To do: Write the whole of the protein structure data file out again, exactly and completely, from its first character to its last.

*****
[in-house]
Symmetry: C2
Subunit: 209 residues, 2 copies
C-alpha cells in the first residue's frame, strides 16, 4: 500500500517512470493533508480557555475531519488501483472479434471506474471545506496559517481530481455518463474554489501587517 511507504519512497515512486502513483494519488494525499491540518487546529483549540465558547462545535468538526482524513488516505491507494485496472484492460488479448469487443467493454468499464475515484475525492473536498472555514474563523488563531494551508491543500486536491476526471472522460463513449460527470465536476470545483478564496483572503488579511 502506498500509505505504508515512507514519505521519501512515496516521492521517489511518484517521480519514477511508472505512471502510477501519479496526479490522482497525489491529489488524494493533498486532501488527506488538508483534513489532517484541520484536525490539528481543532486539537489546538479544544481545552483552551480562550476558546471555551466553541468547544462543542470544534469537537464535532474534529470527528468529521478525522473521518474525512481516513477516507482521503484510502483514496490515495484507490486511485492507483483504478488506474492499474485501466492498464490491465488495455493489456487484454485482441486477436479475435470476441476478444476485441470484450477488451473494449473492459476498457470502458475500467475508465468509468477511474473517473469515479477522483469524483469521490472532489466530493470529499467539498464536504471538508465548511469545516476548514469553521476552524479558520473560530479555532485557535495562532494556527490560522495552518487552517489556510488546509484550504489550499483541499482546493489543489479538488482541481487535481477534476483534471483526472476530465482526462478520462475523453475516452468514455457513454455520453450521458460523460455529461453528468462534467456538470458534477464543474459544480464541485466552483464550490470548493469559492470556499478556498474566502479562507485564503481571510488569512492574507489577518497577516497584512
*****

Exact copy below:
[in-house]
Symmetry: C2
Subunit: 209 residues, 2 copies
C-alpha cells in the first residue's frame, strides 16, 4: 500500500517512470493533508480557555475531519488501483472479434471506474471545506496559517481530481455518463474554489501587517 511507504519512497515512486502513483494519488494525499491540518487546529483549540465558547462545535468538526482524513488516505491507494485496472484492460488479448469487443467493454468499464475515484475525492473536498472555514474563523488563531494551508491543500486536491476526471472522460463513449460527470465536476470545483478564496483572503488579511 502506498500509505505504508515512507514519505521519501512515496516521492521517489511518484517521480519514477511508472505512471502510477501519479496526479490522482497525489491529489488524494493533498486532501488527506488538508483534513489532517484541520484536525490539528481543532486539537489546538479544544481545552483552551480562550476558546471555551466553541468547544462543542470544534469537537464535532474534529470527528468529521478525522473521518474525512481516513477516507482521503484510502483514496490515495484507490486511485492507483483504478488506474492499474485501466492498464490491465488495455493489456487484454485482441486477436479475435470476441476478444476485441470484450477488451473494449473492459476498457470502458475500467475508465468509468477511474473517473469515479477522483469524483469521490472532489466530493470529499467539498464536504471538508465548511469545516476548514469553521476552524479558520473560530479555532485557535495562532494556527490560522495552518487552517489556510488546509484550504489550499483541499482546493489543489479538488482541481487535481477534476483534471483526472476530465482526462478520462475523453475516452468514455457513454455520453450521458460523460455529461453528468462534467456538470458534477464543474459544480464541485466552483464550490470548493469559492470556499478556498474566502479562507485564503481571510488569512492574507489577518497577516497584512